From 4th May 2021 the Government Debt Respite (Breathing Space Moratorium and Mental Health Crisis Moratorium) (England and Wales) Regulations 2020 shall come into effect, giving certain debtors protection from enforcement action through the introduction of a short-term moratorium which comes in two forms; the “Breathing Space Moratorium” and the “Mental Health Crisis Moratorium”.
How will debtors be protected by the new regulation?
A key feature of the legislation is the introduction of a 60-day “Breathing Space Moratorium” for people with problem debts who receive professional debt advice. Once active, the new moratorium gives a period where interest, fees and charges are frozen and enforcement action is temporarily suspended.
This protection is accessible only through professional debt advice providers. The debtor must be an individual owing a qualifying debt to a creditor and must also be domiciled or ordinarily resident in England or Wales. The individual applying for the scheme cannot be subject to a debt relief order, nor an interim order or individual voluntary arrangement. The conditions must be met that; (a) the debtor is unable, or is unlikely to be able, to repay some or all of their debt as it falls due, and (b) a breathing space moratorium would be appropriate.
The second type of protection afforded by the new Regulations is the “Mental Health Crisis Moratorium”. Those eligible will be able to enter a Mental Health Crisis Moratorium without engaging with debt advice. Instead Approved Mental Health Professionals will have the ability to produce an assessment to evidence that a debtor is receiving mental health crisis treatment.
Whereas the Breathing Space Moratorium has a 60-day period of effectiveness, the Mental Health Crisis Moratorium operates for the duration of the debtor’s mental health crisis treatment, plus an additional 30 days once the treatment has been concluded.
There is the possibility for debtors to access the Breathing Space Moratorium once their existing Mental Health Crisis Moratorium has been brought to an end. There will be no limit on the number of times that people receiving mental health crisis treatment may enter a moratorium via this mechanism, whereas debtors protected by the 60-day Breathing Space Moratorium will only have access once every 12-month period.
Which debts are covered by the new moratoria?
All of a person’s debts can be included in a Breathing Space Moratorium, unless it is a “non-eligible debt”, which is defined in Regulation 5(4).
Debts arising through family proceedings are “non-eligible”. Although secured debts are considered to be “non-eligible”, arrears in respect of the secured debt are expressly deemed “eligible”.
How will this impact Creditors?
As outlined above, creditors will not be able to take any enforcement action relating to sums owed whilst a Breathing Space or Mental Health Crisis Moratorium is active. This includes an inability to charge and interest, penalties, or fees relating to such sums.
A small silver lining for creditors is that debtors under the protection of a Breathing Space or Mental Health Crisis Moratorium are still obligated to meet any future payments as they fall due – protection does not extend to ongoing liabilities. Accordingly, a failure by the debtor to meet any ongoing liabilities during the moratorium period will enable a debt advice provider to exercise their discretionary power to cancel the moratorium.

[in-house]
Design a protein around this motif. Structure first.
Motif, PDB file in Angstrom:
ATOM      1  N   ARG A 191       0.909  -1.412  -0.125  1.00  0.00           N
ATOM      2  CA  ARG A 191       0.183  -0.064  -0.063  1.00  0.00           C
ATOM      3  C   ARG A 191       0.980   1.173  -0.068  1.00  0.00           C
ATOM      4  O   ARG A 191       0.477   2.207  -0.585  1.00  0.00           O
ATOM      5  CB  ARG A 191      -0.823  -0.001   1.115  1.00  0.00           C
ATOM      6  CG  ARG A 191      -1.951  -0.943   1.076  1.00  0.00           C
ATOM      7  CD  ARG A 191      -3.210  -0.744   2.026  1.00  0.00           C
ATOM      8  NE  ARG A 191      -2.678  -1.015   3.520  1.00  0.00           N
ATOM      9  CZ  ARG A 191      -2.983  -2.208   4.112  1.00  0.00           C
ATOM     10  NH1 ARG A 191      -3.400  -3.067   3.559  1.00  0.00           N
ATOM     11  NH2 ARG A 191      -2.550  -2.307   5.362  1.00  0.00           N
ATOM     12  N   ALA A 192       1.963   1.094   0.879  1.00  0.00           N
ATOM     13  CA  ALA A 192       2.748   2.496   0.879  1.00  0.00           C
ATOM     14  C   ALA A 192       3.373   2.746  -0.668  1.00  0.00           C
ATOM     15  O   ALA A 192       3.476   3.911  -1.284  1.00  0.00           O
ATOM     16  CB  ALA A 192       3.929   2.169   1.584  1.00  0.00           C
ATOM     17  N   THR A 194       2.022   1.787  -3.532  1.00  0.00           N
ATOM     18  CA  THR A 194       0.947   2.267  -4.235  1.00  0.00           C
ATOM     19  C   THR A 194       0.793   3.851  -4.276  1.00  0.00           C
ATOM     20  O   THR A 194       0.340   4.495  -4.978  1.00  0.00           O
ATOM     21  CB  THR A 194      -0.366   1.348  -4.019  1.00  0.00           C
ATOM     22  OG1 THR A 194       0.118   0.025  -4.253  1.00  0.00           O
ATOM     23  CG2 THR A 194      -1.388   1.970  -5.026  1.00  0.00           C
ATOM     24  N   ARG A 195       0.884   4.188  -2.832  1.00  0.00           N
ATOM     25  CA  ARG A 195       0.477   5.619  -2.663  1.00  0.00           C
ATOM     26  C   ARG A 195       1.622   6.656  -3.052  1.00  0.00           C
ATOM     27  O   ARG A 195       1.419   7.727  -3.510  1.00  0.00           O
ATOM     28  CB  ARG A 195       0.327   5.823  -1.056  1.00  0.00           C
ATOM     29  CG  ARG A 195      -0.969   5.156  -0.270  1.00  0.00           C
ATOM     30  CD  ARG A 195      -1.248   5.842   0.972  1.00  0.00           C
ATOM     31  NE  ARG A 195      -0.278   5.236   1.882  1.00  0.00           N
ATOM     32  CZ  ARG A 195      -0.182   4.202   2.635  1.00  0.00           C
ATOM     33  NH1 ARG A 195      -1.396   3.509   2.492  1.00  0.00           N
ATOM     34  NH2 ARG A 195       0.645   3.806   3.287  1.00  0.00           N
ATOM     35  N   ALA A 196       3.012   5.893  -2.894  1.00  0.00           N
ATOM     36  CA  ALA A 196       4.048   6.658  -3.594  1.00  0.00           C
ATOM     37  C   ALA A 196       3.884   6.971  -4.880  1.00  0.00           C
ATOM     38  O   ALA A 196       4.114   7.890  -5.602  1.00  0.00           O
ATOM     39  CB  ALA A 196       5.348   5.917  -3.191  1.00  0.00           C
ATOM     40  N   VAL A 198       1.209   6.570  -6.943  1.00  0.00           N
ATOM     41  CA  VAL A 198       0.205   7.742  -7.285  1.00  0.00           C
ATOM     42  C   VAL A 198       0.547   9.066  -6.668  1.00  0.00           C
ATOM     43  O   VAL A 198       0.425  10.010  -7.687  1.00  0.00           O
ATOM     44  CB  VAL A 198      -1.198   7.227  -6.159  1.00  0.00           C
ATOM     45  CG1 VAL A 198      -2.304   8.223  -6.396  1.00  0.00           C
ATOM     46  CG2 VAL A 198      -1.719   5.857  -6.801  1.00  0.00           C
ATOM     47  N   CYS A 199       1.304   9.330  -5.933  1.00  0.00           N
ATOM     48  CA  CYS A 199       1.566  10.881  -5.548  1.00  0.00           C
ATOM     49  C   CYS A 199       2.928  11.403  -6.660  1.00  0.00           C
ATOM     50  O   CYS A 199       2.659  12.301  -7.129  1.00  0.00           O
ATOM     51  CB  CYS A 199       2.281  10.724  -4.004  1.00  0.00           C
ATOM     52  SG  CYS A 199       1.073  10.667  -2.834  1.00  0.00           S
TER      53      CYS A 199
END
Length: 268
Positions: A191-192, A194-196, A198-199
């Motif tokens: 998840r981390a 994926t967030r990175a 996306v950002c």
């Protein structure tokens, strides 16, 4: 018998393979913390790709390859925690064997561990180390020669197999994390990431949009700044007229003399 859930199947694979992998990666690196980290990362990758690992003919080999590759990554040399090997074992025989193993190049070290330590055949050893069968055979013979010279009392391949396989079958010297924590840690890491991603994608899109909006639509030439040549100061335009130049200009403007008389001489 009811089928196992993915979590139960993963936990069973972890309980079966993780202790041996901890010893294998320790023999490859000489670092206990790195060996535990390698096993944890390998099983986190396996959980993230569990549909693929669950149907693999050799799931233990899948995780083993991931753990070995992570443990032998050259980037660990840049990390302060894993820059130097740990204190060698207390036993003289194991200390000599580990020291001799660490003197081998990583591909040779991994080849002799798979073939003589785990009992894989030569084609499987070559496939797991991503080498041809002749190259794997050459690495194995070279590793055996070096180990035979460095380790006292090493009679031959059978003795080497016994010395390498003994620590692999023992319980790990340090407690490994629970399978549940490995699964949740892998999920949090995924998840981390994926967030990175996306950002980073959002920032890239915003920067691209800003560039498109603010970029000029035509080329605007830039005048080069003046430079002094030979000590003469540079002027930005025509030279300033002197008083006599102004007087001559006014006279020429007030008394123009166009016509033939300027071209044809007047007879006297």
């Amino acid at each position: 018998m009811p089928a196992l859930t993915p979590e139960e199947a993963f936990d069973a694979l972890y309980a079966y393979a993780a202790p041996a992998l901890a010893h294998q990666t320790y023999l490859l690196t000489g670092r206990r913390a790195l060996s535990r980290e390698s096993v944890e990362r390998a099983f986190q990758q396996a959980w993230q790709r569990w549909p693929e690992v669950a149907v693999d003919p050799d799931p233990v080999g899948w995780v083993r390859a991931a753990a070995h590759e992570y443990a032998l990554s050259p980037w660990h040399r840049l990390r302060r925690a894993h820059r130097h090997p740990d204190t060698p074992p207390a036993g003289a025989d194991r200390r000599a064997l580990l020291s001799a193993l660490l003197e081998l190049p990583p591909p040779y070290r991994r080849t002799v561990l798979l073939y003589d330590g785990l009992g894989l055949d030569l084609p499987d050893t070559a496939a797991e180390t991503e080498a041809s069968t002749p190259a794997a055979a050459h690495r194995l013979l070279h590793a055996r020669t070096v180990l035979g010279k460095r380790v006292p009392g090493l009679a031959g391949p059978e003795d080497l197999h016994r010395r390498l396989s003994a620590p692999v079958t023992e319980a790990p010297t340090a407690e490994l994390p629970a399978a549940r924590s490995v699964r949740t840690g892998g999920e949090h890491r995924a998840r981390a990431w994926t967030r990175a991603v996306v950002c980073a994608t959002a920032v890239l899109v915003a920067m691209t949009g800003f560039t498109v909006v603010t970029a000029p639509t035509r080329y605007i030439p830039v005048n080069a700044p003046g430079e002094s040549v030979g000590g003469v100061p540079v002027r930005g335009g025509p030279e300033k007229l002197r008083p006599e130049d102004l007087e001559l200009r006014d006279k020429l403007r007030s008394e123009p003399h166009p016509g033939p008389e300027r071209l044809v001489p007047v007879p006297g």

There are also provisions within the Breathing Space Moratorium Regulations for a “midway review”, at which point the debt adviser involved must review the moratorium and conclude whether it should remain effective for the remainder of the 60-day period, or whether it should be brought to an end.
As far as present proceedings are concerned, once notified by the debtor that a moratorium is in place, Courts and Tribunals are obliged to do all they can to ensure that proceedings concerning a moratorium debt do not proceed until after the moratorium has expired.
How will this specifically impact Landlords?
Landlords will certainly be impacted by the new Regulations, as they will be unable to bring claims for rent arrear against any tenants who have secured protection under either of the new moratoria.
Landlords will also be prevented from issuing a notice under Section 8 of the Housing Act 1988 if rent arrears are cited as the grounds for such a notice (grounds 8, 10 and 11).
Landlords are, however, still permitted to issue notices under Section 21 of the Housing Act 1988 and also under Section 8 where grounds other than rental arrears are cited.
Once the legislation comes in to effect on 4th May 2021, creditors should ensure that they are not only proactively seeking to assess which potential debtors could be eligible for such moratoria and when such eligibility may arise, but should also seek to implement efficient processes allowing for the identification of debtors who have successfully obtained protection under the Government Debt Respite (Breathing Space Moratorium and Mental Health Crisis Moratorium) (England and Wales) Regulations 2020.
Debtors struggling to cope with existing debts or arrears should check their eligibility for protection under the new Regulations. Such protection could be of huge value to debtors who have fallen into debt largely as a result of cash flow issues stemming from the immediate impact of the COVID pandemic, but for whom some degree of financial stability could now be possible should they be afforded time to organise and prioritise their incomings and outgoings.
For more information on this or any other insolvency and restructuring matters, contact Sunil Patel by email on email@example.com or telephone 020 76644 7278 or connect with him on LinkedIn, or Jake Woodhouse by email on firstname.lastname@example.org or telephone 020 7644 6303 or connect with him on LinkedIn.